The IDL definition means the IDL information, and this defines the interface between the client application and the server application. The IDL definition storage 16 is disposed on the network 14 as one of the nodes, or is connected as an external device of the simulator machine 10.

The simulator machine 10 is operated by a user via a command section 22. The simulator machine 10 can operate according to various kinds of instructions given by the command section 22. The simulator machine 10 is connected to a WWW (Worldwide Web) server 20 that is one of the nodes. When a WWW Browser 18 that has been activated by other node makes access to the WWW server 20, the user can enjoy the function (the server simulator or the client simulator) provided by the simulator machine 10 on the WWW Browser 18.

In other words, it is also possible to operate the simulator machine 10 from a remote node via the network 14, as well as to operate it via the command section 22. Particularly, when the WWW Browser 18 is utilized, the above function is realized as an external program for providing services to the WWW Browser 18 by the WWW server 20. In this case, the WWW server 20 can utilize the external program or the function of the simulator machine 10 via a CGI (Common Gateway Interface) or an API.

Therefore, according to the distributed-object development system relating to the present invention, when the application development staff wants to develop a client application, the simulator machine 10 can simulate a test server application that is necessary for verifying the execution of the client application. When the application development staff wants to develop a server application, the simulator machine 10 can simulate a test client application that is necessary for verifying the execution of the server application.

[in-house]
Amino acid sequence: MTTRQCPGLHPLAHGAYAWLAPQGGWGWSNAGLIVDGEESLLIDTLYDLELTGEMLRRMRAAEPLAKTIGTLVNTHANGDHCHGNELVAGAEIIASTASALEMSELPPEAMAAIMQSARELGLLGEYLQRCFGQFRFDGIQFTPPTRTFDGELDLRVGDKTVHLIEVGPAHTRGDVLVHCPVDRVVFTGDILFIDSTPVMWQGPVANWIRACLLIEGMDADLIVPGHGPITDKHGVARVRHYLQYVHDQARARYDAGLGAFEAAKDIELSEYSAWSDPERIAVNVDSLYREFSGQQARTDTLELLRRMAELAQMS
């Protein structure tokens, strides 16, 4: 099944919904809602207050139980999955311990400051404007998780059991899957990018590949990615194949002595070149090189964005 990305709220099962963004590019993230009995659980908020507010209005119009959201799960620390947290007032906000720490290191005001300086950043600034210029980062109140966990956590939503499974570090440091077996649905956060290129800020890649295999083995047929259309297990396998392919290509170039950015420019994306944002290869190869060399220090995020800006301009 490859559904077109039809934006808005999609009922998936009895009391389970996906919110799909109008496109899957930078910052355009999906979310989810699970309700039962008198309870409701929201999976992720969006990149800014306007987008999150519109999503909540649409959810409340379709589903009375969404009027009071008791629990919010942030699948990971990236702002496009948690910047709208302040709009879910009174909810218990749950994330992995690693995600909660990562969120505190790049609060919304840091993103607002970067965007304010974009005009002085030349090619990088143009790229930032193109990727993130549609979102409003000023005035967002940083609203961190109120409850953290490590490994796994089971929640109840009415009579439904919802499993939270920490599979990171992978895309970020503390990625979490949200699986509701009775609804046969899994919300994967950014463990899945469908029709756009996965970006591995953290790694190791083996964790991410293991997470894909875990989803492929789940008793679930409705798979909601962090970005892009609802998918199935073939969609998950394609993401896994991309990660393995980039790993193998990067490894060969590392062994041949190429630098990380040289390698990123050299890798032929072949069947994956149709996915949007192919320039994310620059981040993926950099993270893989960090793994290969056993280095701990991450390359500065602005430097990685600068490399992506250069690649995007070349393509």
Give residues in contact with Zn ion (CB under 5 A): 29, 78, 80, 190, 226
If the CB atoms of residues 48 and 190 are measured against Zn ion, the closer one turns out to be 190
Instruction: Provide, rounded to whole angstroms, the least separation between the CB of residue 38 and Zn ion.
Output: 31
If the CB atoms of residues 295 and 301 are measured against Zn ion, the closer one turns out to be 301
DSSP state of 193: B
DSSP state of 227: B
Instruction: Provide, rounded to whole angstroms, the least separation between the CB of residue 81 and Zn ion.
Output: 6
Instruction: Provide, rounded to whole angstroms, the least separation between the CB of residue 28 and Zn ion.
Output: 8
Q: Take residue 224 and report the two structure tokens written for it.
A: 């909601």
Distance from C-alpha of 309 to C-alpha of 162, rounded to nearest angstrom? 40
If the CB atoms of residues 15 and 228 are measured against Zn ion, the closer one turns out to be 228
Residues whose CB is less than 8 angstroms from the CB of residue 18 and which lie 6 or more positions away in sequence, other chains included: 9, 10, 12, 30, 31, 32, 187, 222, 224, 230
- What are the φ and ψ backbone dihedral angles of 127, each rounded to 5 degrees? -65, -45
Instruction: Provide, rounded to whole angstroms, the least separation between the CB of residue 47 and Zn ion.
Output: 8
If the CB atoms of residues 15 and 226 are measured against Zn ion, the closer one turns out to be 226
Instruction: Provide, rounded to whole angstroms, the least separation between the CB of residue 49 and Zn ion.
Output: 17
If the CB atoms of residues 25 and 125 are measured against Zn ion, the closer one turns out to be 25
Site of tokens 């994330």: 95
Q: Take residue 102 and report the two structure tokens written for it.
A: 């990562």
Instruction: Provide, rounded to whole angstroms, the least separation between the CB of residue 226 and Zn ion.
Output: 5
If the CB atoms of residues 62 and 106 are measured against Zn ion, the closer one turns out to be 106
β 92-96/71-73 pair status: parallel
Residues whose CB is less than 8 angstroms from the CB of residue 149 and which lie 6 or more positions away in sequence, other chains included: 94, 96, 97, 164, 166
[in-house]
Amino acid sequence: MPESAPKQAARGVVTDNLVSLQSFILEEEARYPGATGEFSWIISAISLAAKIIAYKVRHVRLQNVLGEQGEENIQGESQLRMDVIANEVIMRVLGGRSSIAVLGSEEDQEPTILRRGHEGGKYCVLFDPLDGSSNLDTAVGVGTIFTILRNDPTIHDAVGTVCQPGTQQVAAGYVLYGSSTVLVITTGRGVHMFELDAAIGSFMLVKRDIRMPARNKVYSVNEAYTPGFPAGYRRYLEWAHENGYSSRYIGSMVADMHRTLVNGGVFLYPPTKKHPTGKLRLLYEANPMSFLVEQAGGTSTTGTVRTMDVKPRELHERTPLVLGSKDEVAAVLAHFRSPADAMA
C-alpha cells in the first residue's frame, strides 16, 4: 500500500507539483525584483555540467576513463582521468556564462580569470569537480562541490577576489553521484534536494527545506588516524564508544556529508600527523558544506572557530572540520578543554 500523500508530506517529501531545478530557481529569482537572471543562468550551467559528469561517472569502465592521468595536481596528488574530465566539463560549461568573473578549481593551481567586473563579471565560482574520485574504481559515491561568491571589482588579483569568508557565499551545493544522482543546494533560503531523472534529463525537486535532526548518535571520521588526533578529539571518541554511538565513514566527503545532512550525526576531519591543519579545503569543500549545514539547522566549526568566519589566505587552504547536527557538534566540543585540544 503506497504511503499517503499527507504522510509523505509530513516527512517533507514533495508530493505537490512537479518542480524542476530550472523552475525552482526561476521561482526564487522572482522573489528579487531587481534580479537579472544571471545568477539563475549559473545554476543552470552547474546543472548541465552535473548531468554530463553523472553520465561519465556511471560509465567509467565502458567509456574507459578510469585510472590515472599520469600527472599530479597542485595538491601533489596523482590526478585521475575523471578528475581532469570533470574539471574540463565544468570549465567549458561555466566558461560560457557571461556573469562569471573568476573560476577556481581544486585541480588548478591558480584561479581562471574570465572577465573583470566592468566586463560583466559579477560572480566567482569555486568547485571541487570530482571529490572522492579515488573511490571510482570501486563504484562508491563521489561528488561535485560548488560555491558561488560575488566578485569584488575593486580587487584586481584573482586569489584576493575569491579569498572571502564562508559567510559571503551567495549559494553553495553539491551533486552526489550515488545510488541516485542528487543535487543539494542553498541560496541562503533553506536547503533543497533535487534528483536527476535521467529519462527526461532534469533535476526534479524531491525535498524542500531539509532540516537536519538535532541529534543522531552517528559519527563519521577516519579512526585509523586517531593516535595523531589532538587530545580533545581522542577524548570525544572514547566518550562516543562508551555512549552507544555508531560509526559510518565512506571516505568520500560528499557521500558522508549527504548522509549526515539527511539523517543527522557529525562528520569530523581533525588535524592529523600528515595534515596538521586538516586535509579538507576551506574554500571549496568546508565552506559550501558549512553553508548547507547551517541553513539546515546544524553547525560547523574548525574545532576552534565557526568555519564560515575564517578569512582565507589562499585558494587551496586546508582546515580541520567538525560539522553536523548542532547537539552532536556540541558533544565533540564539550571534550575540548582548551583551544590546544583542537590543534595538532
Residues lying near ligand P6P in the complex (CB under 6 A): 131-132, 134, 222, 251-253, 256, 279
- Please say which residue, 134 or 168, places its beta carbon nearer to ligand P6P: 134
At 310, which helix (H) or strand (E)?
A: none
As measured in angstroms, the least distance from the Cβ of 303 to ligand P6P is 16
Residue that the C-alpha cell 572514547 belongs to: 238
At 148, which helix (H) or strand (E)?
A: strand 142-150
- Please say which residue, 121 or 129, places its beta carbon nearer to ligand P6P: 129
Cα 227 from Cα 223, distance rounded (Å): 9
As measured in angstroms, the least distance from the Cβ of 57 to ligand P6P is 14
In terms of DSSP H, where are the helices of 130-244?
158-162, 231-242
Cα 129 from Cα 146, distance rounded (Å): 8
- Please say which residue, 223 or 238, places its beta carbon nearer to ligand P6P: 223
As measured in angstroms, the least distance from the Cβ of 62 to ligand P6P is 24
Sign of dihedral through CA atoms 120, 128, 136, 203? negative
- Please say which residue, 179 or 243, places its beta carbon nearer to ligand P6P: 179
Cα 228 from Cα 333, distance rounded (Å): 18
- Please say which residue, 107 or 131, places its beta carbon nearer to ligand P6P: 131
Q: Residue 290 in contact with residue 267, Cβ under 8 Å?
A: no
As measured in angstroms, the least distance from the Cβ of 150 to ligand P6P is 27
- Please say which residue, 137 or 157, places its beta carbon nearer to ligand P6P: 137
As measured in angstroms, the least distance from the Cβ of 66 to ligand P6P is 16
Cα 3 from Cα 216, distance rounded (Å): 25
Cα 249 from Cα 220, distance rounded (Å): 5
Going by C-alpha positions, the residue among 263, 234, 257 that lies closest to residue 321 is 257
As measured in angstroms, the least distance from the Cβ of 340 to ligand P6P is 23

Further, this simulation function can be executed from a desired node via the WWW server 20. This means that it is possible to develop applications on a node which can be connected to a wide range of a network such as an Internet, and that it is not necessary to install a program having a simulation function at each node that is used by the application development staff.

In order to verify the execution of a client application that is an application for calling a target object disposed at any one of the distributed nodes, or in order to execute a server application that is an application having a target object that is called from the client application like the applications operated under the distributed-object environment, it is basically necessary to communicate with a remote node via the network. However, according to the distributed-object development system relating to the present invention, it is possible to automatically build up on the own node a test application that simulates the transmission and reception of a request for the target object, by obtaining the IDL information on the target object from the IDL definition section 16.